Re: Minyeva Babel Text
|From:||Roger Mills <romilly@...>|
|Date:||Saturday, May 11, 2002, 18:35|
Jesse Bangs wrote:
(re Garrett Jones' Minyeva):
>> I did look at your phonetics page, and I'm baffled by your "vowel" /r/.
>> If you're describing the sound found in "bird" in rhotic American
>> dialects, it's a retroflex approximant, and not a vocoid at all.However,
>> if it's a round mid-central vowel, as you said, then it's not like
>> American /r=/.
I don't agree here. American (rhotic) /r/ is realized as a retroflex
approximant in initial, intervocalic and postconsonantal position (rose,
berry, brick). In the env. V__C it is realized as retroflexion of the
vowel-- bird, part [b3^d, p_hA^t]-- (replaced in non-rhotic dialects with
length [b3:d, p_ha:t], and the odd [3^] > [3j] in older NYC and Deep South.)
In rhotic dialects the entire phonetic sequence [V^] can be called a vocoid,
in that it functions as the syllablic nucleus.
It is true that there is sometimes rounding in the vowel-r of "bird, her"
etc., just as there is-- for some speakers-- in consonantal [r], but it's
(Final -Vr is a separate problem, [V^] in __#, but [Vr] when a vowel
follows, even in the non-rhotic dialects.)
So IMO it would be entirely possible to have a phonemic vowel [3^], or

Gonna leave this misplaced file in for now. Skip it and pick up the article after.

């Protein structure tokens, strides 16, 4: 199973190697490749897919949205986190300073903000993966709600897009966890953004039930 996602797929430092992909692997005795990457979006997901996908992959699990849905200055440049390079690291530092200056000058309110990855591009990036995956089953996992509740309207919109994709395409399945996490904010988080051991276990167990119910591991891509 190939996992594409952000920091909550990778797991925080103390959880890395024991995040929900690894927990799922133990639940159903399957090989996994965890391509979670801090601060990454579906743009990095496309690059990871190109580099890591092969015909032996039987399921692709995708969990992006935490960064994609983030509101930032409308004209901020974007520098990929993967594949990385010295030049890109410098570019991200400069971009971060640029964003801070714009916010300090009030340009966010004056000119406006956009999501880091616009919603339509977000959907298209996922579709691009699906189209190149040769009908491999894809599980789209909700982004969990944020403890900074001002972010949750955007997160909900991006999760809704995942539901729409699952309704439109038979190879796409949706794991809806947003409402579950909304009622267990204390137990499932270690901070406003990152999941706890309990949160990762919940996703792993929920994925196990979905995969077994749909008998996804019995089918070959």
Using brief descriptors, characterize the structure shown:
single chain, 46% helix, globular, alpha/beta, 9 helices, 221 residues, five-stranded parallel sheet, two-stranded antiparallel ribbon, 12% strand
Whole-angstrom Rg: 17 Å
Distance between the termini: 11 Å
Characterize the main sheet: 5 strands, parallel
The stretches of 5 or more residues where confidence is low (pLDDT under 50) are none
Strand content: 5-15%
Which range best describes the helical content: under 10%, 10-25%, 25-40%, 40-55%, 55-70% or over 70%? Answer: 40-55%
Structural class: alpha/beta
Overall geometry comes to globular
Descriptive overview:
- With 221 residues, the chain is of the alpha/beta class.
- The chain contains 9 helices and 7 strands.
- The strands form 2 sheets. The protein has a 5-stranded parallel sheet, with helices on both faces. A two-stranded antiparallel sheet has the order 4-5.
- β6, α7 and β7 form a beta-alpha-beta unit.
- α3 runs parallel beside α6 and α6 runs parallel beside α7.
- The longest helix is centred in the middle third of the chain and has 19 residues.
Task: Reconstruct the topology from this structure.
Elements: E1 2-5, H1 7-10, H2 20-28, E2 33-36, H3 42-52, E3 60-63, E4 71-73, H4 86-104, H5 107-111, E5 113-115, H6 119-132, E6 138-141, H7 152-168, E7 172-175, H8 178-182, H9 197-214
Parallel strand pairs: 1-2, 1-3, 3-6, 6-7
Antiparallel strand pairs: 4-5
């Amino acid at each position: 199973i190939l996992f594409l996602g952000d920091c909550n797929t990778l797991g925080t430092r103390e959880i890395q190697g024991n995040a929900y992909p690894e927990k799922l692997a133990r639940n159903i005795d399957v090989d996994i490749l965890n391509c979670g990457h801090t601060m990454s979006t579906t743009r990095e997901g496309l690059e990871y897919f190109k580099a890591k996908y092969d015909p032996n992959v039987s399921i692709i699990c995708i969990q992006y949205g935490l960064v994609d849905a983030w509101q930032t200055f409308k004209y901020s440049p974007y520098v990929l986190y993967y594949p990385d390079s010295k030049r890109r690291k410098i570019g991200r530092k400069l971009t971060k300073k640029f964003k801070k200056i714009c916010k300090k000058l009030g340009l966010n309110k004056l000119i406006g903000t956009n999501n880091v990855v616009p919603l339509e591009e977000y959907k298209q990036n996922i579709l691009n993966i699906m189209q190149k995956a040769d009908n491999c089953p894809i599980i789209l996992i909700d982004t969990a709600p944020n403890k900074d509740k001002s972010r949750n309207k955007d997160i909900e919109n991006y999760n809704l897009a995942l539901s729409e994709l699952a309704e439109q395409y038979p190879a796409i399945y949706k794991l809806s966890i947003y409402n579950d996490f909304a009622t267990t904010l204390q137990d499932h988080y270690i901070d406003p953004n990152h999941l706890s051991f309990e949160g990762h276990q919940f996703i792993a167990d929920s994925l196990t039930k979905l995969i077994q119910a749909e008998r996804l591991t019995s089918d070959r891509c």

rounded [3\^], in a language, and it could just as well be symbolized /r/--
provided there is not also a consonantal /r/. This is the case, IIRC, in
Chinese. (A lot of learners and conlangers, I think, consider Engl. [3^] a
difficult and ugly sound; personally, I like it, probably because my dialect
You could have a language with strict CVCV structure, but with contrasts
like [paka] vs. [pa^ka]. Surely you'd want to posit phonemic "retroflexed
vowels" in that case??? Perhaps /paka/ vs. /päka/ (or any other handy
symbol) rather than /paka/ vs. /parka/ (violates CVCV).
One _could_ posit a series of phonemic "retroflexed vowels" for English /I^,
E^, A^, O^, 3^/ --not sure about /U^/-- that occur only in the env. (C)__C
(e.g. mono-morphemic beard, Baird, bard, board, bird). But it would be
obtuse to do so, not only because it multiplies entities, but also because
it creates a problem with the occurence of the same vocalic nuclei in
(C)__# (beer, bear, bar, as well as cases like care/cared/caring, etc.)
where the [r] can reappear. The situation with VrC is quite comparable to
other diphthongal vowels [aj, aw] as well as the sequence /...VlC.../
(where the /l/ also vocalizes/drops in some envs./dialects e.g. palm
[p_hA:m] or [p_hQ:m] , help [hEwp]), and such considerations (phonetic
similarity, similar patterning with the other approximants/"semivowels" /w j
l/, permissible morpheme structure etc) make it more sensible (in Engl.) to
phonemicize the retroflexed vowels as sequences of V-r.
The status of nasal vowels in French is comparable-- there are minimal pairs
of [V~] : [V] where it is impossible to identify the conditioning nasal, so
that the nasal vowels must be called "phonemic"-- presse /prEs/ vs. prince
/prE~s/; but other cases where nasal/non-nasal alternate-- mon cher vs mon
ami, parfum vs. parfumerie. Unfortunately I don't recall how classical
phonemics handled this problem, but it would have been one of the difficult
areas of that theory.